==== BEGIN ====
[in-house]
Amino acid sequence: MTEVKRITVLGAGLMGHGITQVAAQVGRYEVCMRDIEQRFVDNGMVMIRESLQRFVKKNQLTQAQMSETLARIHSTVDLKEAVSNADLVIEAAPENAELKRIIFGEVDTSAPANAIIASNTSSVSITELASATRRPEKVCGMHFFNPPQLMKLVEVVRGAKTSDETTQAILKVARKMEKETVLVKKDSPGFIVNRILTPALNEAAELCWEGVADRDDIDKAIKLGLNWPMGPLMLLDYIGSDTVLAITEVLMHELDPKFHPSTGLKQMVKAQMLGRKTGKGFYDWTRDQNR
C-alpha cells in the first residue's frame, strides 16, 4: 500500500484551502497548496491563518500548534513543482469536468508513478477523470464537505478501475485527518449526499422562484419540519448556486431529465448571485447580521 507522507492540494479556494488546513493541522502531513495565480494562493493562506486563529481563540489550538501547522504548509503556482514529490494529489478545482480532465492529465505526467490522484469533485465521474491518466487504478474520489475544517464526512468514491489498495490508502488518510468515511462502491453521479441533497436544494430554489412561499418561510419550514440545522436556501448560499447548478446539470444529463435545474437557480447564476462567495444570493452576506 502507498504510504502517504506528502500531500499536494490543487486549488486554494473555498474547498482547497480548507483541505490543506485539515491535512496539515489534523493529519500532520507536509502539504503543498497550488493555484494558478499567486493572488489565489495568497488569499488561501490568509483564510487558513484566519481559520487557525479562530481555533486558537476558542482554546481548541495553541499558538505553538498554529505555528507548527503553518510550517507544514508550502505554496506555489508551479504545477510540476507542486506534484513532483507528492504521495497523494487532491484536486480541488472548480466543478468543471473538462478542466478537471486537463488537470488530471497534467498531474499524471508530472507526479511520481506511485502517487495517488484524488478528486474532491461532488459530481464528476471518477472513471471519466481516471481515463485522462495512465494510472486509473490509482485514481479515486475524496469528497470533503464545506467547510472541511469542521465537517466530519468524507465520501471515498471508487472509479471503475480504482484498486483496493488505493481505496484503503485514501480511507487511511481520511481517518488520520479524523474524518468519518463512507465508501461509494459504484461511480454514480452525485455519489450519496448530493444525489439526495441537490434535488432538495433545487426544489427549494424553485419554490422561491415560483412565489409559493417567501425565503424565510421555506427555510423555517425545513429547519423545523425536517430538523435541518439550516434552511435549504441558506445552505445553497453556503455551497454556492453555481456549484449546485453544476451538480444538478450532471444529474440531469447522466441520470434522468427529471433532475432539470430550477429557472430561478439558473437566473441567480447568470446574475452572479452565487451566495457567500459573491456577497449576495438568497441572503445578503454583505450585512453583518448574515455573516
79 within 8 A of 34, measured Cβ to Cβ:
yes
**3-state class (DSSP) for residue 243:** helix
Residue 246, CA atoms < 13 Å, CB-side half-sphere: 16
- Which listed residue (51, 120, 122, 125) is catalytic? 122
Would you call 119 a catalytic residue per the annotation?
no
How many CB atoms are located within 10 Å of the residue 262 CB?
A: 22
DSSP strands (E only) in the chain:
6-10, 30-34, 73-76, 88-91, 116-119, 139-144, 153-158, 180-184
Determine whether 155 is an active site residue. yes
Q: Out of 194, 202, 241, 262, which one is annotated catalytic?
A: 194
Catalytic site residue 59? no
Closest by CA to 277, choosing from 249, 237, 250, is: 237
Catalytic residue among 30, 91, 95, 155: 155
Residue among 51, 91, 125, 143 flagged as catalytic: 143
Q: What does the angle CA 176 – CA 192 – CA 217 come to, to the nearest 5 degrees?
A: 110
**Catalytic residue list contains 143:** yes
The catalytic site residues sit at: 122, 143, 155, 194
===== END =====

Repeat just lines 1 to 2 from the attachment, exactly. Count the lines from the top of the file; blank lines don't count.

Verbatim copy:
[in-house]
Amino acid sequence: MTEVKRITVLGAGLMGHGITQVAAQVGRYEVCMRDIEQRFVDNGMVMIRESLQRFVKKNQLTQAQMSETLARIHSTVDLKEAVSNADLVIEAAPENAELKRIIFGEVDTSAPANAIIASNTSSVSITELASATRRPEKVCGMHFFNPPQLMKLVEVVRGAKTSDETTQAILKVARKMEKETVLVKKDSPGFIVNRILTPALNEAAELCWEGVADRDDIDKAIKLGLNWPMGPLMLLDYIGSDTVLAITEVLMHELDPKFHPSTGLKQMVKAQMLGRKTGKGFYDWTRDQNR